Hong Kong stocks slide to one-year low as Omicron variant alarms markets while Meituan, Macau casinos add to woes
- Stocks weaken as investors face a triple whammy of Omicron infections, Meituan’s poor earning and Macau gambling crackdown
- New Covid strain threatens to disrupt global economies after governments imposed new lockdowns and banned related travels
Hong Kong stocks fell to more than a one-year low on concerns the spread of Omicron coronavirus strain will prompt more lockdowns and hurt economic recovery. Meituan slumped on weak earnings while a gambling crackdown hit Macau casino operators.
The Hang Seng Index retreated 0.5 per cent to 23,956.43 at the local noon trading break, the lowest level since October 5, 2020. The Hang Seng Tech Index declined 0.2 per cent after falling almost 1 per cent, while China’s Shanghai Composite Index was little changed.
Global markets sold off after the World Health Organization labelled the new Covid strain Omicron as a “variant of concern.” New cases have spread in Europe, prompting the UK, US and some European governments to ban related travels. Hong Kong recorded two such cases last week.
Research by Italian scientists showed the Omicron had 43 spike protein mutations, a far higher rate of mutation compared to 18 for the Delta variant. The city’s benchmark slumped 16.6 per cent since Hong Kong’s first recorded Delta case in late June.
Last week’s discovery of the new strain sparked global concern and border closures amid fears it is highly infectious, even as South Africa, where it was first discovered, said the variant had “mild” symptoms so far.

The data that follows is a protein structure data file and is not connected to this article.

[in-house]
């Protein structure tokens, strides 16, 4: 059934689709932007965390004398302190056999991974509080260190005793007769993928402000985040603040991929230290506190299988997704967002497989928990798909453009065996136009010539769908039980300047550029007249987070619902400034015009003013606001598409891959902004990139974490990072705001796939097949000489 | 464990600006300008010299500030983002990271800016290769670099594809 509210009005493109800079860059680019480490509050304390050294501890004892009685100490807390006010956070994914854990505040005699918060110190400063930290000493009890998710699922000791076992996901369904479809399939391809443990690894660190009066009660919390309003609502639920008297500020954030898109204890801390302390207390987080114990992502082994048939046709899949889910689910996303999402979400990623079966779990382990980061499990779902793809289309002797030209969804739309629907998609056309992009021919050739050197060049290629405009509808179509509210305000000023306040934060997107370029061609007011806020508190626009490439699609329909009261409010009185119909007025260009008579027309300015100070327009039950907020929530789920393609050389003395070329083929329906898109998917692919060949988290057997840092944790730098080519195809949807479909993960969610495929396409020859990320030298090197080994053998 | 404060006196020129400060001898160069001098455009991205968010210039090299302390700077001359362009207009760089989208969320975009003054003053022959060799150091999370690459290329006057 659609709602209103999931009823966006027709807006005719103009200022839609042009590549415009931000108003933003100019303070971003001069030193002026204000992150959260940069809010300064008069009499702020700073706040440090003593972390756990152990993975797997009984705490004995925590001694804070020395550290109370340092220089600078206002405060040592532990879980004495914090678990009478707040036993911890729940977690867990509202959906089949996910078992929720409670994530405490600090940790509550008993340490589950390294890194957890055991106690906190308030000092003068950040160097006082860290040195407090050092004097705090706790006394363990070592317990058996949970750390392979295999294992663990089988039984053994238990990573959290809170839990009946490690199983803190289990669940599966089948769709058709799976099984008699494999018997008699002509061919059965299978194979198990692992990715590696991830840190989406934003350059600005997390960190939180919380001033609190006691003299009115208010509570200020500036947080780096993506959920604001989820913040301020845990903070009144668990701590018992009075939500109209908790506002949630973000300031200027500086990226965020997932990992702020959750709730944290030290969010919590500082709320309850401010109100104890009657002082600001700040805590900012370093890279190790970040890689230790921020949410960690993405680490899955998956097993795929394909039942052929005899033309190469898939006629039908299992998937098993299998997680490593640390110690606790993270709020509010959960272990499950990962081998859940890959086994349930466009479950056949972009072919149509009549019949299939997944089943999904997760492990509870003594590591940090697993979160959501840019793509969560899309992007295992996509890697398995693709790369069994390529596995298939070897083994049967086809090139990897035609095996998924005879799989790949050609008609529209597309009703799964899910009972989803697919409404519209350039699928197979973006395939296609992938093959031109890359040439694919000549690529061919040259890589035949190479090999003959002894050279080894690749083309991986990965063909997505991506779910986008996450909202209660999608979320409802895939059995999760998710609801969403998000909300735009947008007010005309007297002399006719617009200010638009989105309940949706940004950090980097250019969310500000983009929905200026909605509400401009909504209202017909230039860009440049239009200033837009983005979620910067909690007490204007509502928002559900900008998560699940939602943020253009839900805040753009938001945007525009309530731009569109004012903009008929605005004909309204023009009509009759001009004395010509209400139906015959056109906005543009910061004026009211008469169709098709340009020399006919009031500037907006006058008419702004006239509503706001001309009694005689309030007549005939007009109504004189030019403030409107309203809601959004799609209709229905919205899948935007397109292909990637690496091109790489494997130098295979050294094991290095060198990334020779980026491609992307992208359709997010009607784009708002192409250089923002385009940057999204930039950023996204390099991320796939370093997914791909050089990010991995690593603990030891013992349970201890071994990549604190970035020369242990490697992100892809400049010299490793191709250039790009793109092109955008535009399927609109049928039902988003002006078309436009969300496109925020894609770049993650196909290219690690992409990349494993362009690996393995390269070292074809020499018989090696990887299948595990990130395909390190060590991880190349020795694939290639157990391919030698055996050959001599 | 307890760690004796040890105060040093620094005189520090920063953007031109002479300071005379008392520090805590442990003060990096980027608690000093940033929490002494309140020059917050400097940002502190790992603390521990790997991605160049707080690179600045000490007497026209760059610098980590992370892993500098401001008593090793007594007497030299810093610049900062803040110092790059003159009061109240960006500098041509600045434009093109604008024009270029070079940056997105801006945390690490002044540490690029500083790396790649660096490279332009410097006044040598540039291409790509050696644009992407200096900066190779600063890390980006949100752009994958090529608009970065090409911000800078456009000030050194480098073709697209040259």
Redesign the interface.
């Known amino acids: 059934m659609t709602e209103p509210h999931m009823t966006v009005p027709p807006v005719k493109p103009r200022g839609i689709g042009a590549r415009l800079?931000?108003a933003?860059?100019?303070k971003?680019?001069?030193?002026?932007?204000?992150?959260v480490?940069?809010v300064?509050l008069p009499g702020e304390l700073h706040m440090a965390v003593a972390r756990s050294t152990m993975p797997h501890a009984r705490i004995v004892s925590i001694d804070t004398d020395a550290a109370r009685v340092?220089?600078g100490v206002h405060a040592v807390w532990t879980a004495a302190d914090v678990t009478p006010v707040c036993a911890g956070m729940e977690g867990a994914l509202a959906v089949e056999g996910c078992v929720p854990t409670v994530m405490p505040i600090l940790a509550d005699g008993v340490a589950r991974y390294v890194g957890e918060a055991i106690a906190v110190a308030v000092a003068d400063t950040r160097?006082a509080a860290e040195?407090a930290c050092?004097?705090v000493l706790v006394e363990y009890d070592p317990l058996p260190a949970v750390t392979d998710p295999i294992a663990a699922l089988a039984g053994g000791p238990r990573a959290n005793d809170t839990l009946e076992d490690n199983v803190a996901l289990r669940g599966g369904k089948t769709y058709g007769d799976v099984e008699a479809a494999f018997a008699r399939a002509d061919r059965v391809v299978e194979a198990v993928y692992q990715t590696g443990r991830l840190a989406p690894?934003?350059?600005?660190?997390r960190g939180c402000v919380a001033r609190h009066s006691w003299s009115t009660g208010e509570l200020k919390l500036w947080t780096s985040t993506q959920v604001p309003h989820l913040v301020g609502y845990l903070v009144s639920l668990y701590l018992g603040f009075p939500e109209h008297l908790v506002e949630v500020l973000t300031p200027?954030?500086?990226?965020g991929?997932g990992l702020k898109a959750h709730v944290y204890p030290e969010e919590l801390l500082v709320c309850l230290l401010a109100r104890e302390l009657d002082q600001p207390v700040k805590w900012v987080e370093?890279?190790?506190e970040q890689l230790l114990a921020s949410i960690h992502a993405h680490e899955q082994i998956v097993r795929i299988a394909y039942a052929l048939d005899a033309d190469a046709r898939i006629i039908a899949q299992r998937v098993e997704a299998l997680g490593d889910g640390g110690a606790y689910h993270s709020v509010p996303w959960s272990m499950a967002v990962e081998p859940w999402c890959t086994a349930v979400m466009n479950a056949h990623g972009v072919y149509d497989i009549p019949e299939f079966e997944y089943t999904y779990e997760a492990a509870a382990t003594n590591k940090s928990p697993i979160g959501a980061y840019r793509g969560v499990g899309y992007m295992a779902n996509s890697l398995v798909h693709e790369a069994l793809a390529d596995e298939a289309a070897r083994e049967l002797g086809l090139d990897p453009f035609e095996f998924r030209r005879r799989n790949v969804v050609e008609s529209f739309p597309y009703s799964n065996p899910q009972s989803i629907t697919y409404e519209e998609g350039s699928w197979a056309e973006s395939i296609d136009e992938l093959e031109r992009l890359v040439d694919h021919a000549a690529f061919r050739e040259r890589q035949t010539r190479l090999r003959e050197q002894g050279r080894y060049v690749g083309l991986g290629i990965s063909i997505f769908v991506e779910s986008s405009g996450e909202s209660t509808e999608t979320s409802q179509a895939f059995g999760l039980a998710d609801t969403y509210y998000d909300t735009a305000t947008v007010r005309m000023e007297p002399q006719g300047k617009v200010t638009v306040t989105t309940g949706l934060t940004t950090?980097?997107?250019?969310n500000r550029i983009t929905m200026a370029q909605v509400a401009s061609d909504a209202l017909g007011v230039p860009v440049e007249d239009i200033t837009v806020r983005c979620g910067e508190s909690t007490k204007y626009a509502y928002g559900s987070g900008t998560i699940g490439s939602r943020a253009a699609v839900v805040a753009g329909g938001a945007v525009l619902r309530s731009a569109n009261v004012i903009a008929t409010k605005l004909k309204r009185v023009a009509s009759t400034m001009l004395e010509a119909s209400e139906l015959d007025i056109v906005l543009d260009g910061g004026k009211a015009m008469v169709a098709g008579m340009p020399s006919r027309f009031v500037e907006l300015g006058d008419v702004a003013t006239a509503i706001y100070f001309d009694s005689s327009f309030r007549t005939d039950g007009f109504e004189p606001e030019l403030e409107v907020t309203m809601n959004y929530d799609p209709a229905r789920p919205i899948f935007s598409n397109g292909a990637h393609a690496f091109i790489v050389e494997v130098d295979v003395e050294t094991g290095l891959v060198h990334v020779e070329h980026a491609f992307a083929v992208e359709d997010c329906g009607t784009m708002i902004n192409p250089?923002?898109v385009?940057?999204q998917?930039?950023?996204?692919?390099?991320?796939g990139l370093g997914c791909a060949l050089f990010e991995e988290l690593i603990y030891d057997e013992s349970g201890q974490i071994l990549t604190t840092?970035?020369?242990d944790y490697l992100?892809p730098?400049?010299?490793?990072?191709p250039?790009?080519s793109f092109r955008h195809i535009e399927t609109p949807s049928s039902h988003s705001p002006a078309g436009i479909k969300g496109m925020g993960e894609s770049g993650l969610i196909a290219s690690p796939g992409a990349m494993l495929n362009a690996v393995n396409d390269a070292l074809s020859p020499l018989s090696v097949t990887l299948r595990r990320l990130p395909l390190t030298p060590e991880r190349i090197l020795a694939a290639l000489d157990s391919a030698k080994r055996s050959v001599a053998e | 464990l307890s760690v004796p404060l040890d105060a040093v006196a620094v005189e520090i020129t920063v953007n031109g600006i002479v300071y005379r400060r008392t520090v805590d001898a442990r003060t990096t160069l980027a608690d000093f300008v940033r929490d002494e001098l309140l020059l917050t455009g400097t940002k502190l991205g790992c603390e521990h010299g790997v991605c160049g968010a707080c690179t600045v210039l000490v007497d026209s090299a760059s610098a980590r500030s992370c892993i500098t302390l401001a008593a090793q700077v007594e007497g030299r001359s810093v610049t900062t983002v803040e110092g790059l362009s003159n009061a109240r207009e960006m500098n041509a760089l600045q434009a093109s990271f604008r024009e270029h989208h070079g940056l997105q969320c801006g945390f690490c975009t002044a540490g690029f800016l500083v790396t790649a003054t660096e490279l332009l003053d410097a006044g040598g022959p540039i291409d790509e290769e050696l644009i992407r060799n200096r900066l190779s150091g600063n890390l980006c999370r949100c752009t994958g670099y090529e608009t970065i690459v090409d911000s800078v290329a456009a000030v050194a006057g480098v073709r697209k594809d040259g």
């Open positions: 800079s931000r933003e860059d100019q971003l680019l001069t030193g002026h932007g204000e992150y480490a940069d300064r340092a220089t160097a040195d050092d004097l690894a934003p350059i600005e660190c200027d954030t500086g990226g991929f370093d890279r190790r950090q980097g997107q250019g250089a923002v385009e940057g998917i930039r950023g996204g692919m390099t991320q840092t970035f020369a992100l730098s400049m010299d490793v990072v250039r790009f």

“A resurgence of Covid-19 cases and the necessary restrictions could continue to pressure the demand side and the job market as well as disrupt the supply chain, not to mention fiscal constraints on more support packages, diminishing monetary policy scope and headwinds on exports,” said Bruce Pang, head of strategy and macro research at China Renaissance Securities in Hong Kong.
The Hang Seng Index has lost 6.2 per cent in November, erasing some US$200 billion in market value as weak tech earnings spooked investors. Meituan was among the biggest index losers as it tumbled 7.7 per cent to near a one-month low of HK$242.40. The food delivery platform operator posted a wider than expected loss of 10 billion yuan (US$1.6 billion) last quarter, partly because of regulatory penalties.
Sands China and Galaxy Entertainment sank more than 6.3 per cent, leading Macau casino operators lower. Local authorities arrested Alvin Chau Cheok-wa, chief executive of the city’s biggest casino junket operator Suncity Group, in a probe into illegal cross-border gambling.
Suncity stock was halted from trading while Chau’s Sun Entertainment Group crashed 41 per cent in early trading.
Major Asian markets were mostly weaker. Equities in South Korea and Japan each fell 0.5 per cent, while the benchmarks in Australia declined 0.4 per cent.
Author: Cheryl Heng, SCMP